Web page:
t-RSV is the molecule of plant polyphenol class which is typically present in red grapes, some berries, cocoa and nuts. There are a number of beneficial health effects of t-RSV from cardioprotective to antidiabetic. However, one of its intriguing properties is the ability to activate a group of SIRT genes. These genes are responsible for controlling cellular stress protection and longevity.
When t-RSV is consumed as part of food, or a beverage, or as an isolated extract in the form of most supplements, it quickly gets modified and inactivated in the digestive tract. Drinking red wine is the only known exception when t-RSV can reach the blood in an unmodified active form at a detectable level.
Lycotec has developed smart chocolate as a platform for a new generation of functional food. (Full story)
One of the main challenges of fortification of chocolate is a fairly quick degradation of molecules or substances newly introduced into it. The main reason behind this is the intrinsic composition of chocolate, which by its nature is a product of microbial and fungal fermentation. It not only has an acidic environment but also active degrading enzymes present there. This in combination creates a rather hostile environment for many newly introduced ingredients, which can lead to their breakdown and inactivation.
To overcome this barrier, a new technology has been developed which can protect these ingredients from degrading factors of not only the chocolate matrix but the human digestive system too. This technology creates a chocolate where t-RSV is protected and which helps to increase its absorption in an unmodified active form.
For clinical validation of this approach a number of different resveratrol-fortified chocolate prototypes were made: 5 based on dark chocolate, with 85% Cocoa, and 5 on milk chocolate, with 37% Cocoa. Pieces of the same but unfortified dark and milk chocolate were used as the control samples.
It was important to select for the trial people who would be the most likely target population of this product. Therefore, healthy middle-aged men and women were recruited. It was a double blind, cross-over pharmacokinetic study, in which volunteers blood was collected every hour for 4 hours after ingesting the chocolate.
The study confirmed that the technology worked, and the level of unmodified t-RSV in the blood of volunteers after ingesting all prototypes of the experimental chocolate was significantly higher than in the control groups. In the milk chocolate series the best prototype gave a 7-fold increase, and for the best dark chocolate 14-fold.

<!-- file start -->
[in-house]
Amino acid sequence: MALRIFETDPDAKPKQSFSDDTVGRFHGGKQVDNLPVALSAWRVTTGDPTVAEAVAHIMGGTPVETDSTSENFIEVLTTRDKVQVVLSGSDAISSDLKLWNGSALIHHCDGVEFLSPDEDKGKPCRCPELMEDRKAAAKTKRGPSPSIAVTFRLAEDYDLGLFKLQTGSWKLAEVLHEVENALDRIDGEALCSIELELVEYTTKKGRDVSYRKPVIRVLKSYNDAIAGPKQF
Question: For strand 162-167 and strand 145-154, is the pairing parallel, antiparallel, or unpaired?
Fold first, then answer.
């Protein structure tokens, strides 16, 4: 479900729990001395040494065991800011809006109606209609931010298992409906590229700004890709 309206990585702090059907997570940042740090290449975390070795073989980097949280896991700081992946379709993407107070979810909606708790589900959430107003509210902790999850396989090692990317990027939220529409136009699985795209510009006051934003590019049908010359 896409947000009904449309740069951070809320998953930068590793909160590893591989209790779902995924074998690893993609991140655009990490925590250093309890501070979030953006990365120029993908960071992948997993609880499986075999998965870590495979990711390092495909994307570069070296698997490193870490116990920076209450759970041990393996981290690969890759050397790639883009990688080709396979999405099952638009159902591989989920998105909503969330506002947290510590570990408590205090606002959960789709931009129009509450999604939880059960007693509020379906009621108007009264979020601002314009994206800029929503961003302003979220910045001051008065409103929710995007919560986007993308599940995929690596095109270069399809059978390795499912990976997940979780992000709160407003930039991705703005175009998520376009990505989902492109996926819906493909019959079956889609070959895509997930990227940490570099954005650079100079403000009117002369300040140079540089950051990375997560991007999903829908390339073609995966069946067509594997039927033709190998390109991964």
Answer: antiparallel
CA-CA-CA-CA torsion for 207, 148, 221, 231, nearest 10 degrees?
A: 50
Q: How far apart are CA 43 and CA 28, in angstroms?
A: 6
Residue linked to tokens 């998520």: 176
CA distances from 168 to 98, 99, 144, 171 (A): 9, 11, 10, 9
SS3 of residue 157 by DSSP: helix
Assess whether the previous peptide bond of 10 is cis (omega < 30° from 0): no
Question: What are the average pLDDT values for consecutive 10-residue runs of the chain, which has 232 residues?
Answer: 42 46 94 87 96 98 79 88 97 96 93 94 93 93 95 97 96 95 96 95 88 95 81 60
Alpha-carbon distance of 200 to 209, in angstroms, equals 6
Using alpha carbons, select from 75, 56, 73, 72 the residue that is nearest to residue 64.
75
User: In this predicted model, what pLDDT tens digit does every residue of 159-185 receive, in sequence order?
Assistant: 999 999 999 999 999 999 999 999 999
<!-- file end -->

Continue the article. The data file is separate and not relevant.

Although this level remains 3-5 times below that after consumption of one of the most t-RSV rich red Burgundy wines, it was achieved by ingestion of only one piece of 10 gram of the new chocolate, while for the wine it was half a bottle.
An additional important observation of this clinical study was that after ingestion of this dose of the Lycotec chocolate, the postprandial concentration of the blood glucose was still below that of its safe upper threshold of 6 mmol/L. Consumption of the control chocolate, however, led the glucose to reach this level and even higher.
This means that the new product has a lower glucose impact on the body than conventional chocolate, which makes it safer for people with diabetes and more positive in calorie intake management.
These results demonstrated that the new Lycotec chocolate can break the monopoly of red wine as the only significant source of unmodified active t-RSV in human blood.
The inventor of this technology Dr. Ivan Petyaev emphasizes that the main objective of the development of this new product is the creation of a functional food, which expands consumers’ access to clinically proven absorbable t-RSV.
If it happens to be of delightful taste then more people can enjoy looking after their health with or without wine.
The World’s First Longevity SIRT Chocolate will be introduced to the technology and scientific community later this month at the 10th World Congress on Polyphenol Applications, in Porto, Portugal. (More Info)
The product will be commercially launched by the end of this year by Lycotec’s partner Cambridge Chocolate Technologies
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